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Profile updated on 5 May 2022
Blue crabs (Callinectes sapidus) are distributed along western Atlantic coastlines from Nova Scotia to Argentina (Casler et al. 2011). Two different populations have been found according to mitochondrial DNA, one from the USA to and including Venezuela, whereas the second is distributed from Brazil to Argentina (Santos and D'Incao, 2004 in (Alaniz Rodrigues et al. 2017)). It is present along the entire Venezuelan coast, but it is more abundant in the Maracaibo System (Venezuelan Gulf and Lake Maracaibo) (Arocha and Andrade De Pasquier 2021). There is limited conclusive understanding regarding genetic stock structure for blue crab both generally (Miller et al. 2011; Hutardo et al. 2018); and specifically for the population in Venezuela (Schubart et al. 2001); however, a 2014 study found substantial differentiation between populations found in Gulf of Mexico versus Venezuelan waters (Yednock and Neigel 2014).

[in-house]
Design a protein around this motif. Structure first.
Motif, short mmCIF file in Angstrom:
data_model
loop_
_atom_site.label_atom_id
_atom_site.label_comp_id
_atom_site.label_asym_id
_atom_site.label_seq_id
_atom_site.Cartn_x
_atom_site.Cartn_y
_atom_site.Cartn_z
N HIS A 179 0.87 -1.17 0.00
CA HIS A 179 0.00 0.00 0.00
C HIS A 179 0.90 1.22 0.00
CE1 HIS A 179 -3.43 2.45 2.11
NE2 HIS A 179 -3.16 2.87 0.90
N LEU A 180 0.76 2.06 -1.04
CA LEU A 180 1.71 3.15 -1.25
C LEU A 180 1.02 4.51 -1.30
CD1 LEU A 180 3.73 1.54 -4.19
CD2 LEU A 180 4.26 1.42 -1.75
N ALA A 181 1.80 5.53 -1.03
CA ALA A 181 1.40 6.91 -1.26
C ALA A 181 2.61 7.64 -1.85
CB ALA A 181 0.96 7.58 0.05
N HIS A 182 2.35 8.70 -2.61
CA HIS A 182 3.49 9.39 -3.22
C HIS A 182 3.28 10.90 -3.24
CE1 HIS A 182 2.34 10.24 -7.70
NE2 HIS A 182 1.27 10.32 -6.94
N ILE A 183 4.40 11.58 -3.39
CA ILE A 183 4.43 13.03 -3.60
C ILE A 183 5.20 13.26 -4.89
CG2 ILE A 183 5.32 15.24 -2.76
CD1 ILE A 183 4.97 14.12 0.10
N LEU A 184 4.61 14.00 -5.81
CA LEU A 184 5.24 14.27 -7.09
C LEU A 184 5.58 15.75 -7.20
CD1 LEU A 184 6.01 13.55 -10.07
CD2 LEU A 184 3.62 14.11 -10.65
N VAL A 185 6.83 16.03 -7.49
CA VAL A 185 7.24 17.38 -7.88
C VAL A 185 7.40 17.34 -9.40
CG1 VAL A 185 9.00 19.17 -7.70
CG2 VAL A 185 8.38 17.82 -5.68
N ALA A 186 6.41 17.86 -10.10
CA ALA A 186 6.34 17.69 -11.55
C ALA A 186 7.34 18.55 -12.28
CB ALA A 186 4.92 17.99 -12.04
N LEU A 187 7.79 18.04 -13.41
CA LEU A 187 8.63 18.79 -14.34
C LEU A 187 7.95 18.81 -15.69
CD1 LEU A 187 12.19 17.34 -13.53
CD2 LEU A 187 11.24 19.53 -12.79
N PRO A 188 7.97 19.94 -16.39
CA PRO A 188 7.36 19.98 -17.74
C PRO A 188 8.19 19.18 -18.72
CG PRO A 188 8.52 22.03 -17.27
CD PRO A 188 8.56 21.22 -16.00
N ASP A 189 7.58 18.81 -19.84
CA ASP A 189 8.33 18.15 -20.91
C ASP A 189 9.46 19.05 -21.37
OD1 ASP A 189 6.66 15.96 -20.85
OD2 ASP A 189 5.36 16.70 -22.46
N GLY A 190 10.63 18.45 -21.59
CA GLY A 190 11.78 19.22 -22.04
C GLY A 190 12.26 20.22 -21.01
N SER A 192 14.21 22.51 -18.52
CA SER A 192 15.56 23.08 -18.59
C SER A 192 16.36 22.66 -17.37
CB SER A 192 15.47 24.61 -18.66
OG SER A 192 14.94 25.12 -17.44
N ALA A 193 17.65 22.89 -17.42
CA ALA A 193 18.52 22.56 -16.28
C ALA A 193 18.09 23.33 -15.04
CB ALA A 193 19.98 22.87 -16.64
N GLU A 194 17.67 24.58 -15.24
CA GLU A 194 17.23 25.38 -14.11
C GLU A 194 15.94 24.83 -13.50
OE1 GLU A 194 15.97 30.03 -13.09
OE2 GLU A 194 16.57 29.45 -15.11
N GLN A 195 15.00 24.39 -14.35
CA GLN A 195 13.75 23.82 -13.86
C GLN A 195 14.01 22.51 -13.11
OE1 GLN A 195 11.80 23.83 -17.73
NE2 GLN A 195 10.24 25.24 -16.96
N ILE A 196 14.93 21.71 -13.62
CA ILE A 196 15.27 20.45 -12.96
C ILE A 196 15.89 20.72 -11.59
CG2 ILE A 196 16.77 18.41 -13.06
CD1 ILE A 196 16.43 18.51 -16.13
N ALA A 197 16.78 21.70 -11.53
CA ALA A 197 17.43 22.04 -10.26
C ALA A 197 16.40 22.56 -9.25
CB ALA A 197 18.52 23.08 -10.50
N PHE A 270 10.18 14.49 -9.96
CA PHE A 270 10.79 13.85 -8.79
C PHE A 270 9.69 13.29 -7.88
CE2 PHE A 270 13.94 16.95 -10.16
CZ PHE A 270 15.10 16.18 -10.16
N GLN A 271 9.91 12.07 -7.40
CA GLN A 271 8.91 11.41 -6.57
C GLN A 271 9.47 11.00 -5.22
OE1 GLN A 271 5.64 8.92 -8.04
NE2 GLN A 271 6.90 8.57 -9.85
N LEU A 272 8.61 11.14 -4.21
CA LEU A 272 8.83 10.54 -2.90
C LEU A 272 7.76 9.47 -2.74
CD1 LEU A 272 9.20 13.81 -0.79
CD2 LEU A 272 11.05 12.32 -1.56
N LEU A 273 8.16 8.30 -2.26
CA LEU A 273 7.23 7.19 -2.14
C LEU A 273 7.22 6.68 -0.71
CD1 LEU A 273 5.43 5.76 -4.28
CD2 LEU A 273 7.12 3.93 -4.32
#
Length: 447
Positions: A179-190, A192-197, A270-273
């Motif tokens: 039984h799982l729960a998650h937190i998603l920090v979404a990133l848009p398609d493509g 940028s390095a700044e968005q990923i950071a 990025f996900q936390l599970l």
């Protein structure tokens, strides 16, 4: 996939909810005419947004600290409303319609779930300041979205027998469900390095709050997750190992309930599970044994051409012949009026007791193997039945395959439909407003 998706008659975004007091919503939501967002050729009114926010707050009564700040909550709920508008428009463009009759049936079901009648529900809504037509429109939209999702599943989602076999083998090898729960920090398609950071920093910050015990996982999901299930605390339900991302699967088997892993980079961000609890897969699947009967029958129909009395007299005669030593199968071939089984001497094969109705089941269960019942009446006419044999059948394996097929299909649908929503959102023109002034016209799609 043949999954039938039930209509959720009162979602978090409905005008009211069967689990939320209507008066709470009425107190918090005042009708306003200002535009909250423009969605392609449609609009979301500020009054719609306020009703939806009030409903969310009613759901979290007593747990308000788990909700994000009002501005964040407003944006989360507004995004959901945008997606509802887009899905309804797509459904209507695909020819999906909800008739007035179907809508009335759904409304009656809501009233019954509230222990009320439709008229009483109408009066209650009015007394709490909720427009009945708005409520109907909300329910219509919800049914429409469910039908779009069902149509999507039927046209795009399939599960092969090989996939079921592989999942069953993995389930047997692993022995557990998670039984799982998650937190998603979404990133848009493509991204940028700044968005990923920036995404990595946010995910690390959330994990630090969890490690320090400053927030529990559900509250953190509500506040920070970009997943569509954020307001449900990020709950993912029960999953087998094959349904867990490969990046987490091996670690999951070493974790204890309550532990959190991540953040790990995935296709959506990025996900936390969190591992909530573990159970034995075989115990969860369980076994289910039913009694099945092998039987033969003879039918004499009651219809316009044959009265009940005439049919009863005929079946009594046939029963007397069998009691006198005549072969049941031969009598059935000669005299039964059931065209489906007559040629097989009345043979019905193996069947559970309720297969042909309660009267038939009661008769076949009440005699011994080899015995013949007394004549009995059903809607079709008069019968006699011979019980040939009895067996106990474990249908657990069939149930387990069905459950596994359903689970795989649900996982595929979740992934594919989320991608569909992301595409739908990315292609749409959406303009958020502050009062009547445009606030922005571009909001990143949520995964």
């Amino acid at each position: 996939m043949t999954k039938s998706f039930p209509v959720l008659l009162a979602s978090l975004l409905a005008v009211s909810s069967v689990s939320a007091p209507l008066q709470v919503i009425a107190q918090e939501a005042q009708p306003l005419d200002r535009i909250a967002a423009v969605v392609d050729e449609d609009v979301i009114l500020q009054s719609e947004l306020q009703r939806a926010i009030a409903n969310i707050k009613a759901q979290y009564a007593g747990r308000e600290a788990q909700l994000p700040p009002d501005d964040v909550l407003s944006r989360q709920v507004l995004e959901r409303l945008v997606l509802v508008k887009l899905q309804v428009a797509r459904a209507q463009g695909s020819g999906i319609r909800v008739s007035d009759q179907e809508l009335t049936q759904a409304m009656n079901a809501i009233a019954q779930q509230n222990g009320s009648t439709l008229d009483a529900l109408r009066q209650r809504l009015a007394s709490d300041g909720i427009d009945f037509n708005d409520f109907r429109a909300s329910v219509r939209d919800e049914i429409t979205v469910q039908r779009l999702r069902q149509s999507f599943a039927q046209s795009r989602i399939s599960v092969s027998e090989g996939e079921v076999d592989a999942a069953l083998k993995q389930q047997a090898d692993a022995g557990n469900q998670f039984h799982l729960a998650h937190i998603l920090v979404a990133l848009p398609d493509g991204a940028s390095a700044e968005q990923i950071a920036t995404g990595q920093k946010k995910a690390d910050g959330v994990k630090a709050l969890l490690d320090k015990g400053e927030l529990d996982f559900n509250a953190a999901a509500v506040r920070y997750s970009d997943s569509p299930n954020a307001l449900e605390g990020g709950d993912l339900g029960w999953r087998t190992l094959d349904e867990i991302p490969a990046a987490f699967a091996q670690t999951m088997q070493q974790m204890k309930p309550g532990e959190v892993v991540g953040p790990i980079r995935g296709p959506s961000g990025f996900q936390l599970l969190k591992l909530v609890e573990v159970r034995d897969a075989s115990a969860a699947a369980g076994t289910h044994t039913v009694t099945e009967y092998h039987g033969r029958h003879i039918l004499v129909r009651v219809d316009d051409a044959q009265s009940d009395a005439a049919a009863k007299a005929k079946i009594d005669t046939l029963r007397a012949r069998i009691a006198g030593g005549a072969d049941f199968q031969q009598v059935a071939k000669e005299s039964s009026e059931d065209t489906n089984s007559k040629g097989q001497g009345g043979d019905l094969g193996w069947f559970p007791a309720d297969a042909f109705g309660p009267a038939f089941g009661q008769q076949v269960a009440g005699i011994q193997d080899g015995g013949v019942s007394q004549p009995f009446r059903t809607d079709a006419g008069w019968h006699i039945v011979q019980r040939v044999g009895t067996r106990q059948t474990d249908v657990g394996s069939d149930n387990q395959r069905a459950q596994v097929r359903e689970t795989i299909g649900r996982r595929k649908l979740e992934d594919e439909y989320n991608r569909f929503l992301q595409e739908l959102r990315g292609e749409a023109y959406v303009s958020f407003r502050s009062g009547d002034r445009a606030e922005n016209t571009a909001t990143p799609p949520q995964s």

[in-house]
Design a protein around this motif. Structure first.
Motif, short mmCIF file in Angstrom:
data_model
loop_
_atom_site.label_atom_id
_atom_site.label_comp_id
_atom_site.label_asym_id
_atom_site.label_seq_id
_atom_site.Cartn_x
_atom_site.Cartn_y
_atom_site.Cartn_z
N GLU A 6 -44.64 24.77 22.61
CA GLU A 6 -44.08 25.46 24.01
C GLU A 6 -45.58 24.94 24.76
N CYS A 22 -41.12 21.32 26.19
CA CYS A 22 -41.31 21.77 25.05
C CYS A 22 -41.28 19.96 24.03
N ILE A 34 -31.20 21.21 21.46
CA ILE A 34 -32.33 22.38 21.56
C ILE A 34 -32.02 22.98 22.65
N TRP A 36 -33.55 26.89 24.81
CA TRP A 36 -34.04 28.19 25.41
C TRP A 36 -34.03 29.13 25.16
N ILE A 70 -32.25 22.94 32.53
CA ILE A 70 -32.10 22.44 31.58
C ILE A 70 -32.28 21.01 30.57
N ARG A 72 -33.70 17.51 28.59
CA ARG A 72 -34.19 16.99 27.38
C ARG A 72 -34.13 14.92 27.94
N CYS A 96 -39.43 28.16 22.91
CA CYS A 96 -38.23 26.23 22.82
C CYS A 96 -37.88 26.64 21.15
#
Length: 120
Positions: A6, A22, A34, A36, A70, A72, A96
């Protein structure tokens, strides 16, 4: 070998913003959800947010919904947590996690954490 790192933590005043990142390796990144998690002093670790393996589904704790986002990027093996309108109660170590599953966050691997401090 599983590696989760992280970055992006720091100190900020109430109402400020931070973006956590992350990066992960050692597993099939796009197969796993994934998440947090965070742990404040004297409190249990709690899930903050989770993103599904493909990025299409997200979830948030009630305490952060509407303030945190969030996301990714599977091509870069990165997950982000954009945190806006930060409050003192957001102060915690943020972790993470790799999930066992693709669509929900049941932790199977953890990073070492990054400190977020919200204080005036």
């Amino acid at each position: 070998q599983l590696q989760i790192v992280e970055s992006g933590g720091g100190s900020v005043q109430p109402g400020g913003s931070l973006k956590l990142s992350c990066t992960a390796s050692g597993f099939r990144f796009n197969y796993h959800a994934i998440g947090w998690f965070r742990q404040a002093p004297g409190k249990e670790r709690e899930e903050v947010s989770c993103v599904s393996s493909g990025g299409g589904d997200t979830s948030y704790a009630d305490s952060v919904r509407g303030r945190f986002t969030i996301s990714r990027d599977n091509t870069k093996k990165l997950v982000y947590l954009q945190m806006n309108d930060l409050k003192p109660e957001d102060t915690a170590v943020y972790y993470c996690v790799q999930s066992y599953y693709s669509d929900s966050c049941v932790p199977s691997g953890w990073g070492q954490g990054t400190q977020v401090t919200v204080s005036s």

The most commercially important species in Western Venezuela (De Pasquier et al. 2009), the blue crab is heavily exploited in the Maracaibo system (Gulf of Venezuela, El Tablazo Bay, Maracaibo Strait, and Lake Maracaibo). The blue crab resource in Venezuela is reserved by law for the artisanal sector and is processed primarily in canning plants for export to the international market (Perdomo et al. 2010). Wire traps were the primary gear used to harvest crab until 2002 when their use was replaced with more efficient longline gear (Molina and Yedra 2018).